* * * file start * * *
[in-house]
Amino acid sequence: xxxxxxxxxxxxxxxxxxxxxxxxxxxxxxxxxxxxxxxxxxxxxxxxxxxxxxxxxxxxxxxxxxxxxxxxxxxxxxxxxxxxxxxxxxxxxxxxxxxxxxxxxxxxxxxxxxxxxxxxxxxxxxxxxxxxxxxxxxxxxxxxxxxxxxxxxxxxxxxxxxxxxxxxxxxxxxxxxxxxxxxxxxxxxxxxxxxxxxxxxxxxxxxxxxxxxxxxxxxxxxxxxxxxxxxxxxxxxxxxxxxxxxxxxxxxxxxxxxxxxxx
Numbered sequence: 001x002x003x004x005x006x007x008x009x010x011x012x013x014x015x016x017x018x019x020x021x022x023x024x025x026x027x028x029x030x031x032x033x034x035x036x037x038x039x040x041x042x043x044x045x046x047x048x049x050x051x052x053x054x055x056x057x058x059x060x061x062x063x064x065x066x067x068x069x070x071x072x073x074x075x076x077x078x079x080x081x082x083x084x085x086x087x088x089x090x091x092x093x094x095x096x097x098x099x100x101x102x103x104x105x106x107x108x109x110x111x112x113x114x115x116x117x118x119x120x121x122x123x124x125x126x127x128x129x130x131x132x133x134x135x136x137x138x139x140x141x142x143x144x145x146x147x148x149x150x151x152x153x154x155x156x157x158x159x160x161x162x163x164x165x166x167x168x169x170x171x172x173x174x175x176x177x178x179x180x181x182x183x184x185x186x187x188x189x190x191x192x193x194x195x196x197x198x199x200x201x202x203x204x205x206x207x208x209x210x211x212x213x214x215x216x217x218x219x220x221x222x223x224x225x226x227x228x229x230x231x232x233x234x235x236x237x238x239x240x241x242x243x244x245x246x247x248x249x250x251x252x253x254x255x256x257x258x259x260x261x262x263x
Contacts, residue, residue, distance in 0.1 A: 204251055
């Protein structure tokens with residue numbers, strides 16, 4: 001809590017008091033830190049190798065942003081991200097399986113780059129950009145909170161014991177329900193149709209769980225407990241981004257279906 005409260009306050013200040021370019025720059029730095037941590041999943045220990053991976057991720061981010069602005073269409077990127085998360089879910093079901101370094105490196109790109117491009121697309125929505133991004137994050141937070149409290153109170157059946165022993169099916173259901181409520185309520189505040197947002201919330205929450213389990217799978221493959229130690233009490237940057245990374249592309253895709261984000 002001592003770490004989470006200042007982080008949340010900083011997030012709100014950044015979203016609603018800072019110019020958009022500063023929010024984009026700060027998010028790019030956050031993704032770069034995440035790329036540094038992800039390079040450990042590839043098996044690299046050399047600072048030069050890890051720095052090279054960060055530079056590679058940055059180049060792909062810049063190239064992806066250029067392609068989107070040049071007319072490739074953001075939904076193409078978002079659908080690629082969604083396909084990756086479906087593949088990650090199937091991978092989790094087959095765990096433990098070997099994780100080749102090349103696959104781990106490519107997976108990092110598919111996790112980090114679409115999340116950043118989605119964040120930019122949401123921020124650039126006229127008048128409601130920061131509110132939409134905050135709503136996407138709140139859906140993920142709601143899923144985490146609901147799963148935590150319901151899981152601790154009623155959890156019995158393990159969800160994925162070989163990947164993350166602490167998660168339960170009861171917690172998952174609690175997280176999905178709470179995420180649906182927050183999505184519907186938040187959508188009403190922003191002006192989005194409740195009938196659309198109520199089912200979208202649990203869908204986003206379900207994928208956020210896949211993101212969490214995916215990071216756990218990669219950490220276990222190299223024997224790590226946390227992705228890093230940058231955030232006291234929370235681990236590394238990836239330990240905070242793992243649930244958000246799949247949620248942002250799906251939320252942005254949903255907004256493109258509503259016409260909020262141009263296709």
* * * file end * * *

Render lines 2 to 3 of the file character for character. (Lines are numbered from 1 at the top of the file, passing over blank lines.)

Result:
Amino acid sequence: xxxxxxxxxxxxxxxxxxxxxxxxxxxxxxxxxxxxxxxxxxxxxxxxxxxxxxxxxxxxxxxxxxxxxxxxxxxxxxxxxxxxxxxxxxxxxxxxxxxxxxxxxxxxxxxxxxxxxxxxxxxxxxxxxxxxxxxxxxxxxxxxxxxxxxxxxxxxxxxxxxxxxxxxxxxxxxxxxxxxxxxxxxxxxxxxxxxxxxxxxxxxxxxxxxxxxxxxxxxxxxxxxxxxxxxxxxxxxxxxxxxxxxxxxxxxxxxxxxxxxxx
Numbered sequence: 001x002x003x004x005x006x007x008x009x010x011x012x013x014x015x016x017x018x019x020x021x022x023x024x025x026x027x028x029x030x031x032x033x034x035x036x037x038x039x040x041x042x043x044x045x046x047x048x049x050x051x052x053x054x055x056x057x058x059x060x061x062x063x064x065x066x067x068x069x070x071x072x073x074x075x076x077x078x079x080x081x082x083x084x085x086x087x088x089x090x091x092x093x094x095x096x097x098x099x100x101x102x103x104x105x106x107x108x109x110x111x112x113x114x115x116x117x118x119x120x121x122x123x124x125x126x127x128x129x130x131x132x133x134x135x136x137x138x139x140x141x142x143x144x145x146x147x148x149x150x151x152x153x154x155x156x157x158x159x160x161x162x163x164x165x166x167x168x169x170x171x172x173x174x175x176x177x178x179x180x181x182x183x184x185x186x187x188x189x190x191x192x193x194x195x196x197x198x199x200x201x202x203x204x205x206x207x208x209x210x211x212x213x214x215x216x217x218x219x220x221x222x223x224x225x226x227x228x229x230x231x232x233x234x235x236x237x238x239x240x241x242x243x244x245x246x247x248x249x250x251x252x253x254x255x256x257x258x259x260x261x262x263x